Brussels, 24 November 2021 – AIM, the European Brands Association, welcomes the adoption by the European Parliament’s Internal Market and Consumer Protection Committee of a report on tackling the non-tariff and non-tax barriers in the Single Market.
The Single Market provides European consumers with access to a wide choice of innovative products and services, and a framework that ensures legal certainty and fundamental freedoms to operate in their best interest. Branded goods manufacturers are consumer-centric: they place consumers at the heart of all they do to provide safe, innovative and diverse products to Europe’s 450 million consumers on a daily basis. Operating in a dynamic and highly competitive consumer goods market, brands must deliver to consumer expectations by considering local and national market preferences, traditions, culture and laws, while complying with the EU’s competition law framework and supporting the EU’s Single Market goals.
Not all EU consumers are the same, as evidenced by the BCE and JRC studies: “Not all are inclined to consume pasta like the Italian regions or consume sparkling water like the Austrian regions.” It is the reason why products and services offered are tailored to respond to consumer needs, as recently outlined by retailers themselves: “Retail is about details. What works in one country is not necessarily appreciated in another.” In its practice, the European Commission also confirms this reality: “Distribution systems are often national, rather than multinational, and cater for local demand idiosyncrasies and customer requirements.”
However, there are also significant differences in national laws that must be adhered to but can cause fragmentation in the Single Market ecosystem. Specific consumer information on ingredients or dosage to comply with existing local laws can act as non-tariff barriers and lead to differences in ingredients, in packaging, or on labels. It is estimated that there are currently over 200 labels providing environmental information, which can be both confusing to consumers and disruptive to manufacturers.
After the European Parliament called upon the European Commission to act on Territorial Supply Constraints, the latter commissioned a study on the Single Market in the retail sector, which was published in November 2020 and concluded that “there is no hard or documentary evidence available” on the use of territorial supply constraints – such as refusals to supply or quantitative restrictions. However, it confirmed that large multinational retailers apply different prices to their own identical private label products in different markets, concluding that “this could be considered price discrimination, which also puts pressure on pricing policies of branded goods manufacturers. The impacts of these pricing differences fall directly on the consumer.” The private label market represents 30% – 50% of products sold in Europe.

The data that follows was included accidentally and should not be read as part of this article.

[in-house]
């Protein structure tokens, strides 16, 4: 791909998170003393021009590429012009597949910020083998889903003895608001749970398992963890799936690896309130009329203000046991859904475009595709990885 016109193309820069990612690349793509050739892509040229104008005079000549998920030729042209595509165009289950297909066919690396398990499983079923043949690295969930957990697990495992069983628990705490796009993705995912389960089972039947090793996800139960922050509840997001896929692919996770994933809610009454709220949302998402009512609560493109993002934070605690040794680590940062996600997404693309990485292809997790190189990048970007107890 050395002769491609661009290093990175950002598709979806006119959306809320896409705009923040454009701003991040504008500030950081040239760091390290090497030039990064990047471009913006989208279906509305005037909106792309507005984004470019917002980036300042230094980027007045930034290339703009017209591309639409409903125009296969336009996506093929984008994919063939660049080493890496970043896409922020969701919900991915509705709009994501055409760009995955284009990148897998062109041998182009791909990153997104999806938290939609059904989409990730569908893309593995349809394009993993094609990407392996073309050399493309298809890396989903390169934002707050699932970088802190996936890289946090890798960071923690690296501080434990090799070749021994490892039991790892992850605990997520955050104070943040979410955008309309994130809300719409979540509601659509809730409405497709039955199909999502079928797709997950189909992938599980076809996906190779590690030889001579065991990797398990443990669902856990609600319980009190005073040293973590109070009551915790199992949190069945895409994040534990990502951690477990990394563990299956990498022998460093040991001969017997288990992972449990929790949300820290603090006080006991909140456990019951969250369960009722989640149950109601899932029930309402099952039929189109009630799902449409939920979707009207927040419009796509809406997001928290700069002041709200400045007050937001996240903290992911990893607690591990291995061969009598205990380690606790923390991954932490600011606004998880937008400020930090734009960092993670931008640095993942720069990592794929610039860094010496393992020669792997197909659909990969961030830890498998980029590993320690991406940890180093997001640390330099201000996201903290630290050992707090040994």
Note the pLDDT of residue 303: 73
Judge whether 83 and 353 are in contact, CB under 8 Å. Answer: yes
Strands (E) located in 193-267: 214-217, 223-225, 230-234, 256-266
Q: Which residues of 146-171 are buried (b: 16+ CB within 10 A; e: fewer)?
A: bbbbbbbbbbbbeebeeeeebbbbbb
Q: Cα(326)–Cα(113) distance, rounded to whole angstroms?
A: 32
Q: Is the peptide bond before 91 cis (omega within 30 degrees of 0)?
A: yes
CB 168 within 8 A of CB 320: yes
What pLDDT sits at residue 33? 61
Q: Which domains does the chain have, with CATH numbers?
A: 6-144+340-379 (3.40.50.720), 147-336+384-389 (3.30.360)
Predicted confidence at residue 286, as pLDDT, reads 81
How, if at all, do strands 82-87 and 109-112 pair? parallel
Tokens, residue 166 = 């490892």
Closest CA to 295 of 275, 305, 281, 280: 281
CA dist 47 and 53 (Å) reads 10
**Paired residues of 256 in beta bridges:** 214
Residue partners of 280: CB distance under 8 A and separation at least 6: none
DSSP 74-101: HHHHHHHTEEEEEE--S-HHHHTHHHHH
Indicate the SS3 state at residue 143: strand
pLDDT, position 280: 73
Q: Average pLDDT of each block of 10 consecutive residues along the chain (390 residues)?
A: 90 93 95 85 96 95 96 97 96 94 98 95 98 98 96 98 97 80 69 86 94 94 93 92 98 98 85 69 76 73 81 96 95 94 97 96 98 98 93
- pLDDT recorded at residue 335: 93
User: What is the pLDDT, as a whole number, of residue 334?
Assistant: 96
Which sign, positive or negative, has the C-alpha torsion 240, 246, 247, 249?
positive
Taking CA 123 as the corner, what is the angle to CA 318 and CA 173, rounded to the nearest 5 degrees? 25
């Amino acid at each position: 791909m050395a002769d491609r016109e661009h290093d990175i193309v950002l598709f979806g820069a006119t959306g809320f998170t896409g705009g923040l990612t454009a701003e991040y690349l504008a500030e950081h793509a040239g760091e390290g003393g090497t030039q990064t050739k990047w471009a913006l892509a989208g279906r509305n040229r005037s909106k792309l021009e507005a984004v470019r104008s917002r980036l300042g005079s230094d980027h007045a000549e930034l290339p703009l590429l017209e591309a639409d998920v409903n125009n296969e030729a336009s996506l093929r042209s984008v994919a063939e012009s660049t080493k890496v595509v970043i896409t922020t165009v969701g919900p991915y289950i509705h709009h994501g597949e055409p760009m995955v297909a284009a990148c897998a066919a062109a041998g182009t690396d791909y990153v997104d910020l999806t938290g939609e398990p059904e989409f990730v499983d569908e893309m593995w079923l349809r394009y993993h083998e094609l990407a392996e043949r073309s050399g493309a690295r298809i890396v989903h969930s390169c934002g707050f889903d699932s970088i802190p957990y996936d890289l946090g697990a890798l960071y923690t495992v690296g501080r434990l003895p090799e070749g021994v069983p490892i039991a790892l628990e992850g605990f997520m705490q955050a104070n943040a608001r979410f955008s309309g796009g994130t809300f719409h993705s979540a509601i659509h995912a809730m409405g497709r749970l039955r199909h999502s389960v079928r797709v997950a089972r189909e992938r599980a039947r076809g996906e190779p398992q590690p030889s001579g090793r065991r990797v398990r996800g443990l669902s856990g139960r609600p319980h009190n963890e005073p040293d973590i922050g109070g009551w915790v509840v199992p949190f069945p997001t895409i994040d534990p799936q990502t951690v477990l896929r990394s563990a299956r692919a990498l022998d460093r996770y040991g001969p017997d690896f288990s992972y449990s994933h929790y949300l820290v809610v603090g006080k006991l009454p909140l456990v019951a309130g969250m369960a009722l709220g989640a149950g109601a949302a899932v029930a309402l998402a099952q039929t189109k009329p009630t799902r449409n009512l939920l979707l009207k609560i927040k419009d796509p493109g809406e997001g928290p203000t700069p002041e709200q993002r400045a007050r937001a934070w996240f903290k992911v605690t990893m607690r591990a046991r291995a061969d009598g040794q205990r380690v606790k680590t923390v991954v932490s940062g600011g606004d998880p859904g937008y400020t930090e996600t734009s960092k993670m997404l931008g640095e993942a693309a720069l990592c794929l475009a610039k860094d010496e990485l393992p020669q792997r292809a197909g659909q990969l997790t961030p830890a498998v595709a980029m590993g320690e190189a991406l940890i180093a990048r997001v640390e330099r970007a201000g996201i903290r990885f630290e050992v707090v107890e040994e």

In 2019, the Luxembourg Competition Authority rejected retailer claims of alleged TSCs as relying on “perceptions and feelings” on the issue, as opposed to facts. Should TSCs exist and be removed, the retailers themselves doubt whether this would have an impact on consumer prices. Also in 2019, the French Competition Authority reviewed the private label retail market and acknowledged the importance of local markets. This is a reality of the retail sector, which itself states that they “purchase 80% of products locally.” Branded goods manufacturers have always highlighted that responding to consumer preferences and needs is paramount. The Covid-19 crisis has recalled to mind the significance of local supply and local competition in an industry structured upon local markets, as opposed to one single market.
For further information, please contact: Amaury Libbrecht
Tel: +32 2 736 03 05 / Email: Amaury.Libbrecht@aim.be
AIM (Association des Industries de Marque) is the European Brands Association representing manufacturers of branded consumer goods in Europe on key issues that affect their ability to design, distribute and market their brands. AIM’s membership comprises 2500 businesses ranging from SMEs to multinationals, directly or indirectly through its corporate and national association members.